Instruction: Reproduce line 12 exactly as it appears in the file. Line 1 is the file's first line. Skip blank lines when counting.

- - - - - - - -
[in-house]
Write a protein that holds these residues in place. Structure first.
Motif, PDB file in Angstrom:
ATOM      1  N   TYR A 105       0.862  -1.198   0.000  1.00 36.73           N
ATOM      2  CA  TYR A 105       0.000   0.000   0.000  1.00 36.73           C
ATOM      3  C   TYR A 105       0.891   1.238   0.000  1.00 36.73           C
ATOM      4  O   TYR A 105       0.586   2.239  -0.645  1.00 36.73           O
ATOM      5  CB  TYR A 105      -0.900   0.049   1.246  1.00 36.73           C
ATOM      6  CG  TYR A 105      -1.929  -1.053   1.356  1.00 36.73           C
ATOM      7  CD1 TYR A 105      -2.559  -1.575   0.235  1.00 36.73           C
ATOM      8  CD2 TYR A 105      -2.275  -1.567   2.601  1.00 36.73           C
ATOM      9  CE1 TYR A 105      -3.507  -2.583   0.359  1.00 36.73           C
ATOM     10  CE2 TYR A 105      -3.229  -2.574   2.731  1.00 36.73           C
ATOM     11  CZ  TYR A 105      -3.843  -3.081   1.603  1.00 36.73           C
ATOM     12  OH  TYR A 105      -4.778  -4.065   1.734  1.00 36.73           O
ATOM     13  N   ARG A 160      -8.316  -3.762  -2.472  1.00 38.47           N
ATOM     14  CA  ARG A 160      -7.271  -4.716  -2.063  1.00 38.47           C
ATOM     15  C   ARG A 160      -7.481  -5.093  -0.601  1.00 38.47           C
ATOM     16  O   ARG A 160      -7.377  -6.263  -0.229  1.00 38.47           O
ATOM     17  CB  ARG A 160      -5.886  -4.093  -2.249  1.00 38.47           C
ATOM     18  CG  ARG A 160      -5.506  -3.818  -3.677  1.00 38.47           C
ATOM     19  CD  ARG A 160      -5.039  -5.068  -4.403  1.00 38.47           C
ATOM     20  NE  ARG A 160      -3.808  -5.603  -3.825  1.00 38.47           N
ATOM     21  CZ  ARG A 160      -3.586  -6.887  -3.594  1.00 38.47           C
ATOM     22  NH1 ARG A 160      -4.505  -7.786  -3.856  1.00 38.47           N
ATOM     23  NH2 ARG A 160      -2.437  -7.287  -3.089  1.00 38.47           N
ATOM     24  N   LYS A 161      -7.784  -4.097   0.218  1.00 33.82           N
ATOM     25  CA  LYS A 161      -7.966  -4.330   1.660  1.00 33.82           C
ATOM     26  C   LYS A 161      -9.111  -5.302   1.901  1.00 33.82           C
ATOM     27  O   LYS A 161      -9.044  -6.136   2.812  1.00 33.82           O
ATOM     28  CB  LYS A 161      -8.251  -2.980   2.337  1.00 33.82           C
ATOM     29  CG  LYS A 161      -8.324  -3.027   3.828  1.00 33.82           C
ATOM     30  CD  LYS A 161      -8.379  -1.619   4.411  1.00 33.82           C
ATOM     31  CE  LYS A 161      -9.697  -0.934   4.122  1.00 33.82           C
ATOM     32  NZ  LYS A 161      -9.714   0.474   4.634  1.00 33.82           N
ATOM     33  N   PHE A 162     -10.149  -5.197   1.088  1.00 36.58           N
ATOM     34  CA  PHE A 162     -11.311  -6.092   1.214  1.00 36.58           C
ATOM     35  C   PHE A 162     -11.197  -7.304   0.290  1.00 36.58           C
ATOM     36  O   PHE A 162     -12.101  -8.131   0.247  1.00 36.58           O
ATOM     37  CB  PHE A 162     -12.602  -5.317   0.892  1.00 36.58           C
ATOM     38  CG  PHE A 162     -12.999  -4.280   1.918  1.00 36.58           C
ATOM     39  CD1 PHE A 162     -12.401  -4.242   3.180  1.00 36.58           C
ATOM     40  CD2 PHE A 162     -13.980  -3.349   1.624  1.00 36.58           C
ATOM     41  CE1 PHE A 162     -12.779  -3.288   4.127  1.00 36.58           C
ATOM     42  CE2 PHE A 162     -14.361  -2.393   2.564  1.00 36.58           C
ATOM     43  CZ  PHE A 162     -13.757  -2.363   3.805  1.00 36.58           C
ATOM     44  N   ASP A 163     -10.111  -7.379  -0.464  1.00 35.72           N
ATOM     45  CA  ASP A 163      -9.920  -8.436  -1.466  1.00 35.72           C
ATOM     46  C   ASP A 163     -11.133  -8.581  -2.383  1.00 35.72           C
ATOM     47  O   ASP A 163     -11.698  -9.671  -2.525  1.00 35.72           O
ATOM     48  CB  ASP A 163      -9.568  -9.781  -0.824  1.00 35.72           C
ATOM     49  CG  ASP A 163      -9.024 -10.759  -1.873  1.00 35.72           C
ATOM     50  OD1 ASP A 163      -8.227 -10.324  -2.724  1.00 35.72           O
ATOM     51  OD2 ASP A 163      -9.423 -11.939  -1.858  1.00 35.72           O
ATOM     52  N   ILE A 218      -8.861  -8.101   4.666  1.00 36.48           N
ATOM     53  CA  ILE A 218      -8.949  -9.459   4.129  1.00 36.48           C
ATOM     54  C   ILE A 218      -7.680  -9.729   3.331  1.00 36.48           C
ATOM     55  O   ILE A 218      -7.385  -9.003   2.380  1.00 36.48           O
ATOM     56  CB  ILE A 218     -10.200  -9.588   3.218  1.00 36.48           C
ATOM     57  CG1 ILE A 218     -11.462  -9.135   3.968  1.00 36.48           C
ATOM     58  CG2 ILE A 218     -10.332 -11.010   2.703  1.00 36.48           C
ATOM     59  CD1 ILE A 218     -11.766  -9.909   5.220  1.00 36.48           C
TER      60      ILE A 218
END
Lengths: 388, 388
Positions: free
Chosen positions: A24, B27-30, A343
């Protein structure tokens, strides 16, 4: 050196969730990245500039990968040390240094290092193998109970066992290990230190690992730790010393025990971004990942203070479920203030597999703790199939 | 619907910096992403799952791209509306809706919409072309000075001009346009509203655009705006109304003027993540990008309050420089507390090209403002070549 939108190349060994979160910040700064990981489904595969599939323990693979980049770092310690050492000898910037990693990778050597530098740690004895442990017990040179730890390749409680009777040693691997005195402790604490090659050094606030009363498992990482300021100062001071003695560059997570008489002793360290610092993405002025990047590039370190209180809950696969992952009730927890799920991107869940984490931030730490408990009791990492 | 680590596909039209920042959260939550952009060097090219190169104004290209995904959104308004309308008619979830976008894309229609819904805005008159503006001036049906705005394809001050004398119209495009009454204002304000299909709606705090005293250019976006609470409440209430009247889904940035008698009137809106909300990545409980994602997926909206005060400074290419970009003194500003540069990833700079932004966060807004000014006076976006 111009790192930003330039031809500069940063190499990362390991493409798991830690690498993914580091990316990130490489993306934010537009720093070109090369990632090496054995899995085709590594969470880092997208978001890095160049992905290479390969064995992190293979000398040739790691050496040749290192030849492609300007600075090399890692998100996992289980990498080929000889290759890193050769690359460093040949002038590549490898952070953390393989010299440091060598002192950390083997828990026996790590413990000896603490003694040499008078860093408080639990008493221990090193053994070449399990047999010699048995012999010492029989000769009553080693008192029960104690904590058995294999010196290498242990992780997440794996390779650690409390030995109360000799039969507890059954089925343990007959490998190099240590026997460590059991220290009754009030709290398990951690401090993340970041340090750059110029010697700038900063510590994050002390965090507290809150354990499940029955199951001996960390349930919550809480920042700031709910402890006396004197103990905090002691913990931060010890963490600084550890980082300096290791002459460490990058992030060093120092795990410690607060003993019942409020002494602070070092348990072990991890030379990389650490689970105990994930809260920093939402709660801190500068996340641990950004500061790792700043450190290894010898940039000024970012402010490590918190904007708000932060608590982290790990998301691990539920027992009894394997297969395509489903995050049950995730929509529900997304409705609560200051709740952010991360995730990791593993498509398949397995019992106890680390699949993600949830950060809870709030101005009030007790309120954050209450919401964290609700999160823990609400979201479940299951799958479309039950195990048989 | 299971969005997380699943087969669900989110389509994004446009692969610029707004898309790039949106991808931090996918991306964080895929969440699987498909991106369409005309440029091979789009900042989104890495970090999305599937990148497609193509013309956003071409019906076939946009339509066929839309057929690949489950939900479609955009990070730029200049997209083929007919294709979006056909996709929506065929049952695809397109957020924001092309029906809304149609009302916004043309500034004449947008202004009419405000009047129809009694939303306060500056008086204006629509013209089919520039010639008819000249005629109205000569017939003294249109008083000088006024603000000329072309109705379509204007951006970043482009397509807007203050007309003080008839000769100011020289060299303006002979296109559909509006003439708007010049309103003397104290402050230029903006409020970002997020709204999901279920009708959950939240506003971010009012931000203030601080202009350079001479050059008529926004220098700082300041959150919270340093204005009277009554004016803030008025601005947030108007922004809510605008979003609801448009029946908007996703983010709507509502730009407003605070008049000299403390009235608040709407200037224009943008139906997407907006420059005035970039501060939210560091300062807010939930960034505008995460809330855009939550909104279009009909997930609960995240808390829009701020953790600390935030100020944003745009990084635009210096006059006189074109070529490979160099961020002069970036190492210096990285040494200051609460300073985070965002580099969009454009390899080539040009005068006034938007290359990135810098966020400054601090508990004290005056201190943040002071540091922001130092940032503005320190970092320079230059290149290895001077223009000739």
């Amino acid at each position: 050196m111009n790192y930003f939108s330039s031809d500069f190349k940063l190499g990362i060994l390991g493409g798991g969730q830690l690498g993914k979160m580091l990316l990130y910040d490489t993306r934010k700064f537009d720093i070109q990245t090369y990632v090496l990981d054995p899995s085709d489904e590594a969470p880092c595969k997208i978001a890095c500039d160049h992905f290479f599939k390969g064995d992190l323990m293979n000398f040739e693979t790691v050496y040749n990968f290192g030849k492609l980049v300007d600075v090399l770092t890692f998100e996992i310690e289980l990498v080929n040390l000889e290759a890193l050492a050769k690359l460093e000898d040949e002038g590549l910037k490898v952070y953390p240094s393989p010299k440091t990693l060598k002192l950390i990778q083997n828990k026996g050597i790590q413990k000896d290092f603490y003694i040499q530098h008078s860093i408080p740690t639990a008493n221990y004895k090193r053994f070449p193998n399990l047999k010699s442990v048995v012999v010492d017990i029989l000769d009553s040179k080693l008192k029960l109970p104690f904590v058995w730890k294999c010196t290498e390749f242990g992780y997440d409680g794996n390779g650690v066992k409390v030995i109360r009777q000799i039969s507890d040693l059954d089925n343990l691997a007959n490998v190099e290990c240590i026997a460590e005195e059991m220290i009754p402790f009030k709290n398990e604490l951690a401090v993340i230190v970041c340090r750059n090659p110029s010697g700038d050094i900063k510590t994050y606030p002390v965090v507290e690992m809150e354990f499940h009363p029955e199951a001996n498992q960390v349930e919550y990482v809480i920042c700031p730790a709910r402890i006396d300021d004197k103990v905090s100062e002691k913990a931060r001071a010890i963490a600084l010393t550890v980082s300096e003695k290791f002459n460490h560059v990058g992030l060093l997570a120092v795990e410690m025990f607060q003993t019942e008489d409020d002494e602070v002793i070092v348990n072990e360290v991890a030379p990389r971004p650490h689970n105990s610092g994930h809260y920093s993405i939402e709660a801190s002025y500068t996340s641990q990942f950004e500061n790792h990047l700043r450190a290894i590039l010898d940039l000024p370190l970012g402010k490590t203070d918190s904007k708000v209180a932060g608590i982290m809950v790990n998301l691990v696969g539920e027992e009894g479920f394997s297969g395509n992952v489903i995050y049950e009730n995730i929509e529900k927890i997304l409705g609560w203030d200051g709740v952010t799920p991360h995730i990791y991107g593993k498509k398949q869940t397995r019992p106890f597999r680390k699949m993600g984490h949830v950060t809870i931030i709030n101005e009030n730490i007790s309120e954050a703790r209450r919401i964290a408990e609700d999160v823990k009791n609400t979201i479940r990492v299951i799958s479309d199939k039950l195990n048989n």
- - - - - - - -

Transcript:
ATOM      9  CE1 TYR A 105      -3.507  -2.583   0.359  1.00 36.73           C